Do you need to write a complicated order by query on your Rails app? Here's how you can write an Order By Case Statement using Arel and keep things clean and reusable.
You’re working on a feature and someone tells you that one of your models needs to be ordered based on
some complicated rule. You realize you’ll need to write a complex
order by query…
Here’s how it usually goes:
You think to yourself: “Should I write an
order by case whenstatement? Maybe I’ll just add a little bit of SQL…”
Two minutes later, you end up with a bunch of nested
case whenstatements, subqueries, common table expressions, angry statements, shouting, and a whole lot of tears. 😤
If you’ve ever tried to write a complicated order by statement with ActiveRecord, you probably know that it’s kind of painful, and you end up with ugly-looking code. That’s not what you want, right?
That sort of query quickly becomes unreadable as you add more and more cases to it.
Most examples and tutorials don’t even mention that you might need to sanitize your query… Not cool!
It’s okay to write raw SQL queries sometimes, but for this type of problem, let’s try something different, shall we?
I want to show you a better way: use Arel to generate the statements for you.
Follow along and you’ll learn how to do it.
An example of when to use an order by case statement with Ruby with Rails
Let’s suppose you have a simple schema containing
ActiveRecord::Schema.define do create_table :posts, force: true do |t| end create_table :users, force: true do |t| t.string :country end create_table :comments, force: true do |t| t.integer :post_id t.integer :user_id end end
The models would look something like this:
class Post < ActiveRecord::Base has_many :comments end class User < ActiveRecord::Base has_many :comments end class Comment < ActiveRecord::Base belongs_to :post belongs_to :user end
Normally, you’d order a post’s comments by their creation date. That’s the simple case.
However, the simple case is seldom enough. Let’s say you need to order comments by something more complicated than that:
current_user‘s comments should come first;
Followed by comments created by people who live in the same country as the
Your first instinct might be to write a raw SQL query. See how this is done on the next section.
How to write an order by case statement with raw SQL
If you try to do a simple raw SQL query, you could write an order-by case stamement based on the user’s
However, if you allow people to store any type of string on their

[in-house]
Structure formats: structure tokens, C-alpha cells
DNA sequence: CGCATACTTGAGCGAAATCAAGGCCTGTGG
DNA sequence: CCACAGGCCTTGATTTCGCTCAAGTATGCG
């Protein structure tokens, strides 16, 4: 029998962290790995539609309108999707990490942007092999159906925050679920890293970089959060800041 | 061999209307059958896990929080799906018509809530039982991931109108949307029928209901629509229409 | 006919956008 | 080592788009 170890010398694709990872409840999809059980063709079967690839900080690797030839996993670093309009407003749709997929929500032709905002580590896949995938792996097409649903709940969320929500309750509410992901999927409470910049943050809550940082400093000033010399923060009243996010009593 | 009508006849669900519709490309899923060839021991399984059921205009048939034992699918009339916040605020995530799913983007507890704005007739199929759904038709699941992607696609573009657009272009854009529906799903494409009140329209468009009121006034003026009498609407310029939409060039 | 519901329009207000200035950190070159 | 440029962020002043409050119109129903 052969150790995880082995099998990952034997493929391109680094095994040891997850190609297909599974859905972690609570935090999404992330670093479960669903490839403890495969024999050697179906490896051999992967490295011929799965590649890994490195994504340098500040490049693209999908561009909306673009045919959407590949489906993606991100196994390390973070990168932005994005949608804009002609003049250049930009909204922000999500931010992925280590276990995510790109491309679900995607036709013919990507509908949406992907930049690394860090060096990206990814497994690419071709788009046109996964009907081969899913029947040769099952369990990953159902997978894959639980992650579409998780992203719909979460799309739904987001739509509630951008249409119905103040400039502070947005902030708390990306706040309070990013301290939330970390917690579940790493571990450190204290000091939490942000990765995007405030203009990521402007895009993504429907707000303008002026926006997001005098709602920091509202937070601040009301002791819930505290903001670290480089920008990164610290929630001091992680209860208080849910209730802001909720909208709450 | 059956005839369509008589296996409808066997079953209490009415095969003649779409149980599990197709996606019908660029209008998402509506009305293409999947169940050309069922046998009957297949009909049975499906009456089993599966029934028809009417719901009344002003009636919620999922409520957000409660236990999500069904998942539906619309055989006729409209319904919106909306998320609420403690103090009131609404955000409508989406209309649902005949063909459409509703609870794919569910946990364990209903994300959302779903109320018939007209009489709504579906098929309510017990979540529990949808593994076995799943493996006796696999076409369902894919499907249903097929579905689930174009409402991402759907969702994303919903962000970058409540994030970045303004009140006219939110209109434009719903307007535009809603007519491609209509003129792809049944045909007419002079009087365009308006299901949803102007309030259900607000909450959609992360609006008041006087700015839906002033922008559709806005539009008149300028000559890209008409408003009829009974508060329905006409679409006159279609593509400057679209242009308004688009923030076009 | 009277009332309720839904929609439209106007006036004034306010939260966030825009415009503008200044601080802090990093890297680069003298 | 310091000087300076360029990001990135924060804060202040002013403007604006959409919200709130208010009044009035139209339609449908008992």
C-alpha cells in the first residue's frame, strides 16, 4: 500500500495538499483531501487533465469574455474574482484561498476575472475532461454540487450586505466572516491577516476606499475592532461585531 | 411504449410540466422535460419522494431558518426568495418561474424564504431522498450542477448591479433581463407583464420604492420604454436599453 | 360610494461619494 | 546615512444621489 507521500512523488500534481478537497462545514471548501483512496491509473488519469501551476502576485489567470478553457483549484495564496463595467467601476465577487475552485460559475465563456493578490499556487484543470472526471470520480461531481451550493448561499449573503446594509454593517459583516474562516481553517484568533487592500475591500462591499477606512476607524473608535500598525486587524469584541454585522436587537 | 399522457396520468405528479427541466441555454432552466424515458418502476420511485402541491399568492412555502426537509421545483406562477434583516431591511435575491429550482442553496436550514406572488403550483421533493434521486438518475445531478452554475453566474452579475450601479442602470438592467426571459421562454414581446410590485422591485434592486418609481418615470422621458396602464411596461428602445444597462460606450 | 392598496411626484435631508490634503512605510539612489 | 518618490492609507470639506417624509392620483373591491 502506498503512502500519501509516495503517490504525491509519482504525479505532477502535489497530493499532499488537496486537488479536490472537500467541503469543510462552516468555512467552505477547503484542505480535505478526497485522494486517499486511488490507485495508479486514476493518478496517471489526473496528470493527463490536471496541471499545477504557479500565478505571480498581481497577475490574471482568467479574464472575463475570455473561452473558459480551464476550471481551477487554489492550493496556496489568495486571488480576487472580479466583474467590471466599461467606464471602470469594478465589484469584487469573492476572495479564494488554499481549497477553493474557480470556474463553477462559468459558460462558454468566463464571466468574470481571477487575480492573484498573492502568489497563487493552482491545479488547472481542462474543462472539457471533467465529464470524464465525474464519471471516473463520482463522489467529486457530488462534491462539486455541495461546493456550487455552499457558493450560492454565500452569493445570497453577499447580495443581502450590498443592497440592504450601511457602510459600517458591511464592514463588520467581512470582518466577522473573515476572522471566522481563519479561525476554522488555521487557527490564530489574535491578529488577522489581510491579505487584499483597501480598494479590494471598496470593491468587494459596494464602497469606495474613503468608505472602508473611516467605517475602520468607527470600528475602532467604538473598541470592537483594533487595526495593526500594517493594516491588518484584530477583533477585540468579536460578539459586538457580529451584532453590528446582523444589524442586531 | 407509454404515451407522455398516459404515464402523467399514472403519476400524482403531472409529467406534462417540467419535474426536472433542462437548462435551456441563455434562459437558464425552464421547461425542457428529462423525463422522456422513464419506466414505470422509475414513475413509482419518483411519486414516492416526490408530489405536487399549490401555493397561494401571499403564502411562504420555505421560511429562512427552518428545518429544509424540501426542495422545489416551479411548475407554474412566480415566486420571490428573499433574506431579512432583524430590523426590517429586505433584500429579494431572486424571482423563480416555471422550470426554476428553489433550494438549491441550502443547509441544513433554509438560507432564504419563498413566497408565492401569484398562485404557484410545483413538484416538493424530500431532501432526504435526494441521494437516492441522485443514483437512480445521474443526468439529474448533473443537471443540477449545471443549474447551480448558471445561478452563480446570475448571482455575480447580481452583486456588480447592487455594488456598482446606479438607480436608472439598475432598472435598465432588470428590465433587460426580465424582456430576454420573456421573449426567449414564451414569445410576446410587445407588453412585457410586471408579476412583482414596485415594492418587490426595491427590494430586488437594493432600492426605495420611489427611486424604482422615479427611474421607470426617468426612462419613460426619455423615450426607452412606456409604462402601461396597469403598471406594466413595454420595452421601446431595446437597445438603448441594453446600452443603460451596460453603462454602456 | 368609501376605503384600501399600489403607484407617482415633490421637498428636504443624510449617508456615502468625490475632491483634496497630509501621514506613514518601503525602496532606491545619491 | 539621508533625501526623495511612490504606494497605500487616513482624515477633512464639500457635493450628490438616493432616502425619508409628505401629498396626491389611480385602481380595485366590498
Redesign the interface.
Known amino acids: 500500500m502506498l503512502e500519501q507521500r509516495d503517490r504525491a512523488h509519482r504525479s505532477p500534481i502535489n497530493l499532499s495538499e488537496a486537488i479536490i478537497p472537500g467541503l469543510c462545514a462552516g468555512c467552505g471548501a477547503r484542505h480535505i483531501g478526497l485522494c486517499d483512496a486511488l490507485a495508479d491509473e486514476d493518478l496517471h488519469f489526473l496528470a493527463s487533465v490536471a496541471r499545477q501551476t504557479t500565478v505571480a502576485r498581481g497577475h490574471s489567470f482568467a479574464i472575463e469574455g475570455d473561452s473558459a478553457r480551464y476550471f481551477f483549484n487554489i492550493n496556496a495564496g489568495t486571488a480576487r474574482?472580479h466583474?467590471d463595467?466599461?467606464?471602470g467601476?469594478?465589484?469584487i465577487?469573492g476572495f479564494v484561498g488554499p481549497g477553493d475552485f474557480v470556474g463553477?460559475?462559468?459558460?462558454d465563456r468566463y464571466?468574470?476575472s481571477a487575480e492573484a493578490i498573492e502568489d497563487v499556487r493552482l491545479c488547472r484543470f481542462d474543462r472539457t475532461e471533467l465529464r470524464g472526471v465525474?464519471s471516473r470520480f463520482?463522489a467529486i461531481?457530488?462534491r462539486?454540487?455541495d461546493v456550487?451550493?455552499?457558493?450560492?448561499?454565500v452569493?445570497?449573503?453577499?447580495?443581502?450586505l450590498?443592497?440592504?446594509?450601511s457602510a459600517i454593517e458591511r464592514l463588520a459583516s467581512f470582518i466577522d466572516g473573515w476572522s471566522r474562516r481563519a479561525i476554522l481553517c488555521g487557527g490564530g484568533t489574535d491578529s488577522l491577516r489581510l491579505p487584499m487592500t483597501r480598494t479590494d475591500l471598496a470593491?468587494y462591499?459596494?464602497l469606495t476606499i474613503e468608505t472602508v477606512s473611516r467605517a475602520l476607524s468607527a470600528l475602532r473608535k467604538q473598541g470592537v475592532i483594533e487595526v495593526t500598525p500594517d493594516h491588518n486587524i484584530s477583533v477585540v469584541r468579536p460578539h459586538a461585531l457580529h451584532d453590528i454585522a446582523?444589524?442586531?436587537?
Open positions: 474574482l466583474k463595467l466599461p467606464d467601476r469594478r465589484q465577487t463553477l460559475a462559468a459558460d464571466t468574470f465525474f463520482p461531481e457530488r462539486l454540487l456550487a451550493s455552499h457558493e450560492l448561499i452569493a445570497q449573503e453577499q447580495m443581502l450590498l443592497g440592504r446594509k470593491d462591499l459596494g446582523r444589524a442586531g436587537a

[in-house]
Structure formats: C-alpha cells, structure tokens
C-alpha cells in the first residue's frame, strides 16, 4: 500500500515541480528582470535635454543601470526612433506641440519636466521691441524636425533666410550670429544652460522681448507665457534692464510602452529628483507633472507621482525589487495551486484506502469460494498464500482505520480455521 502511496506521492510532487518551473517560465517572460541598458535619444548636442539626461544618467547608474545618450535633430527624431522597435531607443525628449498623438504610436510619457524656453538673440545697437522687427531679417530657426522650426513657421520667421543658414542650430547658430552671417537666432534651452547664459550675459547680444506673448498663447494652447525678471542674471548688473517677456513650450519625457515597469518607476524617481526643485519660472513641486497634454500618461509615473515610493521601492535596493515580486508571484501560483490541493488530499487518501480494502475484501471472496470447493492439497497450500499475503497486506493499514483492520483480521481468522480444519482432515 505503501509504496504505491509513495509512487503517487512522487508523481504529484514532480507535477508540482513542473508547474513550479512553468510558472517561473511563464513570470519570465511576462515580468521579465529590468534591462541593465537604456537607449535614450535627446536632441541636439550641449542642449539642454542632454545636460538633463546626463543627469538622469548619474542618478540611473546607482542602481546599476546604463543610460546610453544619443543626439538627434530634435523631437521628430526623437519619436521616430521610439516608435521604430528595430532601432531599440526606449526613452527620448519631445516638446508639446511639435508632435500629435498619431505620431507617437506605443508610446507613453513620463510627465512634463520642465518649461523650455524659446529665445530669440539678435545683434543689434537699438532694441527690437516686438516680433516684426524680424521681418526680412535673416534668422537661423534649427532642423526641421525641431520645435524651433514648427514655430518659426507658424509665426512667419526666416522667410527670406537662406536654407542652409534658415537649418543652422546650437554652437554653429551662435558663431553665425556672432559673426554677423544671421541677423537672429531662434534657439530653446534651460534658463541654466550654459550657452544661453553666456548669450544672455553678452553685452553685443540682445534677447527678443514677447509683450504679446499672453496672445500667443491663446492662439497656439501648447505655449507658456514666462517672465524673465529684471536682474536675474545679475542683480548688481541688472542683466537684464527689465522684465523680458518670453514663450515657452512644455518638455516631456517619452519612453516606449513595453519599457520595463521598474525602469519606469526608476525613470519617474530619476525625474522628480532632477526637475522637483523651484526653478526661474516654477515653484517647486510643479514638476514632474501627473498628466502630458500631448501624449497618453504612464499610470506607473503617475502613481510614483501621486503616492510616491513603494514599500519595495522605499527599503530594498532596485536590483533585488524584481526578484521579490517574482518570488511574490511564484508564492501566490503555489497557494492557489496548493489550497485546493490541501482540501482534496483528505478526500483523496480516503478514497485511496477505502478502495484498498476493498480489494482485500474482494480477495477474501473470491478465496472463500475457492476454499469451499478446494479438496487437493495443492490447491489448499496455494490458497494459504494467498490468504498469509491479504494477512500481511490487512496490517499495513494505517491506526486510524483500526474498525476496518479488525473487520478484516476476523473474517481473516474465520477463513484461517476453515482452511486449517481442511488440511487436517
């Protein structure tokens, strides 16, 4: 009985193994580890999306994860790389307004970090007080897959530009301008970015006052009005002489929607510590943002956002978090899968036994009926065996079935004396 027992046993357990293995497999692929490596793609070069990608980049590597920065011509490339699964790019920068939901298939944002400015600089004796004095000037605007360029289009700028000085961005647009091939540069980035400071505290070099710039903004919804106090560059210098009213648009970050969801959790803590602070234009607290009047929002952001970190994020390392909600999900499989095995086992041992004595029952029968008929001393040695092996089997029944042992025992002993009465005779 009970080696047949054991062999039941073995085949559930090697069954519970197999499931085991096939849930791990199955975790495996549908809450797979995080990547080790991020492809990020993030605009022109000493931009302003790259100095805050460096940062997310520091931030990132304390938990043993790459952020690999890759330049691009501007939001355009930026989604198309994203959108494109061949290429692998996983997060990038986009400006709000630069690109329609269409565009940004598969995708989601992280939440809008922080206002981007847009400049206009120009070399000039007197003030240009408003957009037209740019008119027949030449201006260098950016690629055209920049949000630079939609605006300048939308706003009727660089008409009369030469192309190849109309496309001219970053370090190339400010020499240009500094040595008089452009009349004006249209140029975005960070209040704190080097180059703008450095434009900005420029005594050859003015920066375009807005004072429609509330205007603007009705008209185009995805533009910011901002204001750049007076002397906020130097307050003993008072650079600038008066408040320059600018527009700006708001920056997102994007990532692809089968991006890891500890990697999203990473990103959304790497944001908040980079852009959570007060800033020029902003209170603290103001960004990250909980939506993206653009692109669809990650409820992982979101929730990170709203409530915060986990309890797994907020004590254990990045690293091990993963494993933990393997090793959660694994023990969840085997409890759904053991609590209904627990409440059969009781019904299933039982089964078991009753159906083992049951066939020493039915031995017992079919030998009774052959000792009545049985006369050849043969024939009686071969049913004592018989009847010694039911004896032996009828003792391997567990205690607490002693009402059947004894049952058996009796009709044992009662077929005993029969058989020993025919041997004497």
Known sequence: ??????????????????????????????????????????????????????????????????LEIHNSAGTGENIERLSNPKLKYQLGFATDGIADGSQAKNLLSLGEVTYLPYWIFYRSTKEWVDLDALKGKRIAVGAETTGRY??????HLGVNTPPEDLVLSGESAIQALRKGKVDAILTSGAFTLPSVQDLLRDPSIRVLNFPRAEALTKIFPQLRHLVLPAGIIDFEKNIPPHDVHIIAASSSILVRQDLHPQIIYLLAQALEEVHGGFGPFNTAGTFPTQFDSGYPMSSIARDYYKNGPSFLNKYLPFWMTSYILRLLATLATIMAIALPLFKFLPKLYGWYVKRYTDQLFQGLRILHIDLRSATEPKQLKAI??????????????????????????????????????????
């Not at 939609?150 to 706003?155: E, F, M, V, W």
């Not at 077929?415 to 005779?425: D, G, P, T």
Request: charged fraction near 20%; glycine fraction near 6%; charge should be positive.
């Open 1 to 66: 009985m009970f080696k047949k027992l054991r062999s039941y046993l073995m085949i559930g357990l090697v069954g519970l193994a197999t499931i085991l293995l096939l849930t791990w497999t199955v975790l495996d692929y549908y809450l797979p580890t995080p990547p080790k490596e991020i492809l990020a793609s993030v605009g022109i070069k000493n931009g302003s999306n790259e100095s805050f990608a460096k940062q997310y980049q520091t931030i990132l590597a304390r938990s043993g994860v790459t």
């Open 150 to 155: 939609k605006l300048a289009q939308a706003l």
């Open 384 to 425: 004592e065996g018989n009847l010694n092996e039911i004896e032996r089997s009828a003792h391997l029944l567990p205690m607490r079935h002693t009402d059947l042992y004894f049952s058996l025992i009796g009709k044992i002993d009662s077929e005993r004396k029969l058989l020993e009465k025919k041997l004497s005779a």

user.country field, you would also need to sanitize the query
to prevent SQL injections.
Let me tell you something: sanitizing case-statements is annoying, specially for order by statements.
Here’s how that would look like:
# sad-face case_statement = <<-SQL.squish CASE WHEN users.id = ? THEN 1 WHEN users.country = ? then 2 ELSE 3 END SQL # country could be anything, so let's sanitize the query: sanitized_case_statement = ActiveRecord::Base.sanitize_sql_array( [case_statement, user.id, user.country] ) post.comments .joins(:user, :post) .order( Arel.sql(sanitized_case_statement) )
Which is not the cleanest-looking code.
If you’ve read this far, you’re probably thinking: “Is there a better way?” Absolutely! Enter Arel.
How to Write a Clean Order By Case Statement with Arel
Arel supports case-statements, a not well-known feature.
Use it to generate a complex order by case statement query. Better yet, you won’t need to worry about sanitization.
The idea is to leverage
Arel::Nodes::Case to build the SQL expression. Here’s how:
users = User.arel_table same_user = users[:id].eq(current_user.id) same_country = users[:country].eq(current_user.country) case_statement = Arel::Nodes::Case.new .when(same_user).then(1) .when(same_country).then(2) .else(3) post.comments.joins(:user, :post).order(case_statement)
Much cleaner, right?
You could even write subqueries to expose more information and add them to your case-statement.
Then, you can break things down into scopes, or refactor pieces of the query into a Query Object. That gives you more flexibility and the code will be a little easier to extend and maintain.
Take a look at this gist to see the full example plus tests if you’d like to try it out.
And there you have it: a clean way to write case-when statements on complex
order_by queries with ruby code. No need to write crazy raw SQL queries any longer! Enjoy!